New Type of Optical Disk Can Store Data for More Than 600 Years

Scientists used gold and nanomaterials for the next-gen optical disk having 10TB storage capacity and six-century lifespan.
Kashyap Vyas

Scientists from RMIT University in Melbourne, Australia, and Wuhan Institute of Technology, China, demonstrated the use of gold and nanomaterials to develop a high-capacity optical disk that can store data for more than 600 years. This new technology can bring significant reduction in data center energy consumption – 1000 times less power traditional centers that make use of hard disk drives with limited storage capacity and lifespan.

The revolutionary technology could be an answer to the ever-growing demand for data, offering low-cost, sustainable solution to the global data storage problem.

Besides, the optical disk also opens the path for the world to shift from Big Data to Long Data, enabling opportunities for new discoveries by mining massive datasets.

"All the data we're generating in the Big Data era - over 2.5 quintillion bytes a day - has to be stored somewhere, but our current storage technologies were developed in different times," said Professor Min Gu from RMIT University leading the investigation.

"While optical technology can expand capacity, the most advanced optical disks developed so far have only 50-year lifespans."

"While optical technology can expand capacity, the most advanced optical disks developed so far have only 50-year lifespans.

"Our technique can create an optical disk with the largest capacity of any optical technology developed to date and our tests have shown it will last over half a millennium.

"While there is further work needed to optimize the technology - and we're keen to partner with industrial collaborators to drive the research forward - we know this technique is suitable for mass production of optical disks so the potential is staggering."

Their technique involves making use of gold nanoparticles with a hybrid glass material which provides high mechanical strength as well as improves the storage capacity. The nanoplasmonic hybrid glass matrix for data memory was developed using a sol-gel process that makes use of colloidal solution (sol) on a pre-existing surface to produce ceramics and glasses with better purity.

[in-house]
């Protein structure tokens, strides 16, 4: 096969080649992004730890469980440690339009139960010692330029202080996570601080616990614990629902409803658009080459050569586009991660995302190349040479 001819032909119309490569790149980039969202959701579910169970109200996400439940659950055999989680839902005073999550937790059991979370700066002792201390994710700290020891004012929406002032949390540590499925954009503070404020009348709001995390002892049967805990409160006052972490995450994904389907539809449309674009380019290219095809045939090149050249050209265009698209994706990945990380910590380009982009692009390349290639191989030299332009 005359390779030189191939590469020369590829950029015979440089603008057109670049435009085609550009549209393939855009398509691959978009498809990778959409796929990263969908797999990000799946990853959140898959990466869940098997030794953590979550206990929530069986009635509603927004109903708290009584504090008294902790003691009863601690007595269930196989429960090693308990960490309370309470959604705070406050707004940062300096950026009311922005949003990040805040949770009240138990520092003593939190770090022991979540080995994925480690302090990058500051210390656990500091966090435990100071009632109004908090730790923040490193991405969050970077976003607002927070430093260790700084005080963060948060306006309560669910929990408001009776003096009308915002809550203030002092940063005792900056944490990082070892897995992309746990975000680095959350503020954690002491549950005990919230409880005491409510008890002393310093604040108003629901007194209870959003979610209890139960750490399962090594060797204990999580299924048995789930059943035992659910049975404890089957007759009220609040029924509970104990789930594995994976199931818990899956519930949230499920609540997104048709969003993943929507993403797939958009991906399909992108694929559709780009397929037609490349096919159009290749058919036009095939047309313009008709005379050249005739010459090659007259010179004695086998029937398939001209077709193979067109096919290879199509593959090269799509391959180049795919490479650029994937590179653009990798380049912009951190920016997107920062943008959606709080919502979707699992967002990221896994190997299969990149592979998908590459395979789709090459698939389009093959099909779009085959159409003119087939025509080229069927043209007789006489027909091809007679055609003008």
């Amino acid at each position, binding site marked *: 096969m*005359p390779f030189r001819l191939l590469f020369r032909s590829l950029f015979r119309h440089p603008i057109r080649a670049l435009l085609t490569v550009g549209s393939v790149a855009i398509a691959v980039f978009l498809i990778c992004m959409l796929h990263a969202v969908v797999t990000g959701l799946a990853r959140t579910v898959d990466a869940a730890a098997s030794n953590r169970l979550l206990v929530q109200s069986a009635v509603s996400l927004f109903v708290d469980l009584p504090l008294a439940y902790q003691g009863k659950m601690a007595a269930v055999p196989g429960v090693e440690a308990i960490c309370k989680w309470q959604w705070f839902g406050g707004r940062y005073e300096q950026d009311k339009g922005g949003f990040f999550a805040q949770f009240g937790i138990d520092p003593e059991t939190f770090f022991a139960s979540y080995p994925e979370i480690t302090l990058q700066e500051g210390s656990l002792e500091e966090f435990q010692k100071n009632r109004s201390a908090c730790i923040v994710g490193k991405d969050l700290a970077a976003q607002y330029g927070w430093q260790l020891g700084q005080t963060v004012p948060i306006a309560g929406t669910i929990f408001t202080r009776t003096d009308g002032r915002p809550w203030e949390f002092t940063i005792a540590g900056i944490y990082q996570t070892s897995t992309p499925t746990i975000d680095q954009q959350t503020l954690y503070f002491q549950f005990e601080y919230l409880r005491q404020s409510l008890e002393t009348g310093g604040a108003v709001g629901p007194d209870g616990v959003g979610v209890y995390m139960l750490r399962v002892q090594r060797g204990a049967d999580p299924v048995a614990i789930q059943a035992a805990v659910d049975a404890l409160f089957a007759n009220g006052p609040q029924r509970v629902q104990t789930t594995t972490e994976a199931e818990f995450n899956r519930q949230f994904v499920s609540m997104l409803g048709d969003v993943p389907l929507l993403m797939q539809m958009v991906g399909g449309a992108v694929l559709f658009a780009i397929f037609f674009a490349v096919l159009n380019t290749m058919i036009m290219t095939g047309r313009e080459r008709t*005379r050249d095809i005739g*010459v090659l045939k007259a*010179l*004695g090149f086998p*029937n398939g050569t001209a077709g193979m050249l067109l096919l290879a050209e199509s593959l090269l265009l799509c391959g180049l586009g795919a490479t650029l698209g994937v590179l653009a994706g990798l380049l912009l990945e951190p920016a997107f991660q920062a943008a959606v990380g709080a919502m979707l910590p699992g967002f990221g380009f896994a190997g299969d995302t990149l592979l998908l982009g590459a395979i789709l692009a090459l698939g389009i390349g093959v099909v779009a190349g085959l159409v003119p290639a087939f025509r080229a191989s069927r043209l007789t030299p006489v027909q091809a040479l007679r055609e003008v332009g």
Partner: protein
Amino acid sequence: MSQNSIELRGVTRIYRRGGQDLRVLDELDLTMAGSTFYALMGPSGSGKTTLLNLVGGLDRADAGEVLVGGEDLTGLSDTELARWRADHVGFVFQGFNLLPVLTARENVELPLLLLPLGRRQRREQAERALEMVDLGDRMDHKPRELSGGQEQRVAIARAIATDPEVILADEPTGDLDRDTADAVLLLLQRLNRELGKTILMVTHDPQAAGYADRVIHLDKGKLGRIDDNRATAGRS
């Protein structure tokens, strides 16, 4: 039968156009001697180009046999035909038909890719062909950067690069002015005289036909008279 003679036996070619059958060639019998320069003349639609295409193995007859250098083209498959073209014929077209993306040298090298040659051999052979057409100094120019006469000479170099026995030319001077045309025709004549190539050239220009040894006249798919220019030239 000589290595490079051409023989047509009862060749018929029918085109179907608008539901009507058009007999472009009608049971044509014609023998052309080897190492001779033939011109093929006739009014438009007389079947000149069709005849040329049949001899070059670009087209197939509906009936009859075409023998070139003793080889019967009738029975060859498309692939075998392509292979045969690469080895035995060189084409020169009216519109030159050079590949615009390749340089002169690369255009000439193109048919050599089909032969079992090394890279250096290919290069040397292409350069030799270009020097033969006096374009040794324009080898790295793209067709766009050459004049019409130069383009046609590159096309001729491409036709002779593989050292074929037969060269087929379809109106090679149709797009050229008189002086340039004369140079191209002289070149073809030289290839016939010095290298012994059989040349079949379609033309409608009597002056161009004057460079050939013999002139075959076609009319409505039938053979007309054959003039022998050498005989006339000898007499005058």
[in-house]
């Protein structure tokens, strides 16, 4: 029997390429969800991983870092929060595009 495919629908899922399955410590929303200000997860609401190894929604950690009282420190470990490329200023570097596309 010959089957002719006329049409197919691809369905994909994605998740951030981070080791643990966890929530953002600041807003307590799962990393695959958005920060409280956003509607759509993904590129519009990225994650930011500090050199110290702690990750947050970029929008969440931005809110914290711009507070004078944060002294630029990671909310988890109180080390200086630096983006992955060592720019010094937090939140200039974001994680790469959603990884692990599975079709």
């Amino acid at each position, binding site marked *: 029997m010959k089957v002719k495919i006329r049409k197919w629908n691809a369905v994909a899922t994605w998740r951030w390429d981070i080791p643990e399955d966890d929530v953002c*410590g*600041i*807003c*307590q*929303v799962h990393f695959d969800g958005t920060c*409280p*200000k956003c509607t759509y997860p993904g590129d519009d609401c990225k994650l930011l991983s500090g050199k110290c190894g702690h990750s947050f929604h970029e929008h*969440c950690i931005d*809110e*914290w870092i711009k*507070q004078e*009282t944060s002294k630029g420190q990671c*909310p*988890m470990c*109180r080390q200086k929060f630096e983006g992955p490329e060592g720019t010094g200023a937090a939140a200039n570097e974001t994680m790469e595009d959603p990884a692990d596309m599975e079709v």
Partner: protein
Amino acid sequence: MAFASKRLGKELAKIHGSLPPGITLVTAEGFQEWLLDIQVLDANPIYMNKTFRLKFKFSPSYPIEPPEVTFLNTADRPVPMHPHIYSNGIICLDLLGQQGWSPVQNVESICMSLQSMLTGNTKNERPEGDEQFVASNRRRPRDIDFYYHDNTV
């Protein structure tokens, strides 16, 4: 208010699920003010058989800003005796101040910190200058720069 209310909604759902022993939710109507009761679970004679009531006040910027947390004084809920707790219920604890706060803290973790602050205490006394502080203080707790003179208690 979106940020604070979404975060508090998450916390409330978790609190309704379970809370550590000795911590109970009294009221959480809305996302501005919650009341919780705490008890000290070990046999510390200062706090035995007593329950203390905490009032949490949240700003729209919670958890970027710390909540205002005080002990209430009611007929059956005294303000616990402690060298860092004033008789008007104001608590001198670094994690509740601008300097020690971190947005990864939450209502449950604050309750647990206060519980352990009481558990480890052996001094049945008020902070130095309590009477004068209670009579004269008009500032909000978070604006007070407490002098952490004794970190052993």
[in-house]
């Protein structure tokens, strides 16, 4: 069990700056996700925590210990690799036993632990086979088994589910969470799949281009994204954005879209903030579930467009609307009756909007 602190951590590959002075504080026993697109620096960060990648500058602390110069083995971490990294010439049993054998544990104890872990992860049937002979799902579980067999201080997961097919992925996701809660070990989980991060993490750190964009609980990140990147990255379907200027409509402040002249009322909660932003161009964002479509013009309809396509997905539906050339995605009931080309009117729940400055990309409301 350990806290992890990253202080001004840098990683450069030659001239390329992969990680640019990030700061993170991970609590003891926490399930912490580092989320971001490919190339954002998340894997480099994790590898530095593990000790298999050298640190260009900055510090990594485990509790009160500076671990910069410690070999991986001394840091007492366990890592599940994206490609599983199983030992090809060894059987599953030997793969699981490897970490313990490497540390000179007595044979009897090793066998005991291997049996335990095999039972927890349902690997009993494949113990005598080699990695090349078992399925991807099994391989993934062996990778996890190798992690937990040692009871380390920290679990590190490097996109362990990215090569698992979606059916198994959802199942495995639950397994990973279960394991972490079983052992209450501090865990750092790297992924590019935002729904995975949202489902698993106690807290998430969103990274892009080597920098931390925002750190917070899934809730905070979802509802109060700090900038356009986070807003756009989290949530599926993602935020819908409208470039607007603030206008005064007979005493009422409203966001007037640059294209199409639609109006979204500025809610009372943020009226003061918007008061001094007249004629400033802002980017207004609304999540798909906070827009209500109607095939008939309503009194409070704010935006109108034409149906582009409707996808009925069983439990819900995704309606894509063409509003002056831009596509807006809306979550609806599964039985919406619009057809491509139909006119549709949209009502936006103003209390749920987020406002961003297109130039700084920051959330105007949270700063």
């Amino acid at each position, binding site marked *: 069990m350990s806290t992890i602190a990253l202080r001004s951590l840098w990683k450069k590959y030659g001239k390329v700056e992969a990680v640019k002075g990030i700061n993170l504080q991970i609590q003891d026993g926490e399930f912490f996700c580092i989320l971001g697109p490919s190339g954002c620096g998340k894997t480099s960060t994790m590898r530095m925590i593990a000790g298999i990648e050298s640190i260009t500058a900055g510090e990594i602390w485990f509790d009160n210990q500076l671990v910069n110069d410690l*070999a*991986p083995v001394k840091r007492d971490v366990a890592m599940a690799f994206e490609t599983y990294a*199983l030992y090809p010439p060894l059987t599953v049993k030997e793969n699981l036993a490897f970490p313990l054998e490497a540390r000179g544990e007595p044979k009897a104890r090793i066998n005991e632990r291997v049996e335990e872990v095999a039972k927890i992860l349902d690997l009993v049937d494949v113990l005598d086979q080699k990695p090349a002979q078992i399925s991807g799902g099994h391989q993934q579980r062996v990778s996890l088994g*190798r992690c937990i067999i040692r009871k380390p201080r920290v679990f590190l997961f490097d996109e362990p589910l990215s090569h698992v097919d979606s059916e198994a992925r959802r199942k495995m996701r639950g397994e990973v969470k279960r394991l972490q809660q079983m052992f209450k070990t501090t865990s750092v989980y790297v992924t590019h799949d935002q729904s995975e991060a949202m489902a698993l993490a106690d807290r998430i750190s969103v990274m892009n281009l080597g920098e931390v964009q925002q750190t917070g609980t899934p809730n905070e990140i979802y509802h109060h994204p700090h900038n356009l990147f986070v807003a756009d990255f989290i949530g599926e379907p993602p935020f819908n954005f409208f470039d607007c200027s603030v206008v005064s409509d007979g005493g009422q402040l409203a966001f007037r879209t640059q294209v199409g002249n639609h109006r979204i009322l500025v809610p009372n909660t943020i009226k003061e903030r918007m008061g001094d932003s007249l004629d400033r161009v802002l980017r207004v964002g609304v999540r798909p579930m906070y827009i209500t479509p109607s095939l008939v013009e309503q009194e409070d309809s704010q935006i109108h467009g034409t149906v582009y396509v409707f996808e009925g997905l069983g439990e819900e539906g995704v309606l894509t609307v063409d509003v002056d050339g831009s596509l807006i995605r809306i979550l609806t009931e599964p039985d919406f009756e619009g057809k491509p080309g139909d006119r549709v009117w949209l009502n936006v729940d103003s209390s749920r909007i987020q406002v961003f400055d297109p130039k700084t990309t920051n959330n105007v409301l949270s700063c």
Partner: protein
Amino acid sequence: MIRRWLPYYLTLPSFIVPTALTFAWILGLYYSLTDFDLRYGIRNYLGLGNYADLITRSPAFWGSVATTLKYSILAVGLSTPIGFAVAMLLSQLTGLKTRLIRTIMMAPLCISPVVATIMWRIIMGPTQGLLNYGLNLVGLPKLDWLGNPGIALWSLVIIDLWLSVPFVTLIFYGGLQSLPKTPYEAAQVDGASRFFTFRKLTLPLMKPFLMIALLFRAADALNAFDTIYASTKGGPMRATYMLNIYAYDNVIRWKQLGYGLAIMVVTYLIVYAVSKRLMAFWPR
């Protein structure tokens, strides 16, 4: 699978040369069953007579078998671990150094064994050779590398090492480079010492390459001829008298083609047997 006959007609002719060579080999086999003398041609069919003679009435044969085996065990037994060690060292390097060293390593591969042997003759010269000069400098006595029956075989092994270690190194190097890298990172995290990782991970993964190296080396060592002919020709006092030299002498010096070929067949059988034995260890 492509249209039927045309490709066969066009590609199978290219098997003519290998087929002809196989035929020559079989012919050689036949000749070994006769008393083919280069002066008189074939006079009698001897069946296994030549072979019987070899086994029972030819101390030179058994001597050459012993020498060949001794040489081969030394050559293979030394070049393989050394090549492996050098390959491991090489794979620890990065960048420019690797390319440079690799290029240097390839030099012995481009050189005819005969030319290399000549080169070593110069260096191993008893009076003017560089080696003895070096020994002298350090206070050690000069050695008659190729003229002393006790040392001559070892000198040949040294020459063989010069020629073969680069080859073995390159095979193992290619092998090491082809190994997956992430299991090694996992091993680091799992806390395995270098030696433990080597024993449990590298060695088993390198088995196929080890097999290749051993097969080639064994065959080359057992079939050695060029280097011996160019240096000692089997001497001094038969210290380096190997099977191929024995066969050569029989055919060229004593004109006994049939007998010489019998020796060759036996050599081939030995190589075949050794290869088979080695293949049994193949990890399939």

The use of gold was essentially due to its robust and durable nature similar to glass. Gold nanoparticles further help in extending the storage capacity of the nanoplasmonic hybrid glass matrix as it allows storing information in five dimensions – three dimensions in space along with color and polarization.

The lead author, Dr. Qiming Zhang from RMIT's School of Science also said that their research will be highly beneficial in developing storage devices for Long Data.

Long Data offers an unprecedented opportunity for new discoveries in almost every field - from astrophysics to biology, social science to business - but we can't unlock that potential without addressing the storage challenge," Zhang said.

"For example, to study the mutation of just one human family tree, 8 terabytes of data is required to analyze the genomes across 10 generations. In astronomy, the Square Kilometre Array (SKA) radio telescope produces 576 petabytes of raw data per hour."

"Meanwhile the Brain Research through Advancing Innovative Neurotechnologies (BRAIN) Initiative to 'map' the human brain is handling data measured in yottabytes, or one trillion terabytes."

"These enormous amounts of data have to last over generations to be meaningful. Developing storage devices with both high capacity and long lifespan is essential, so we can realize the impact that research using Long Data can make in the world."

Earlier, Gu and his team managed to break the optical limit of Blu-ray to enable data storage across the full spectrum of visible light rays.

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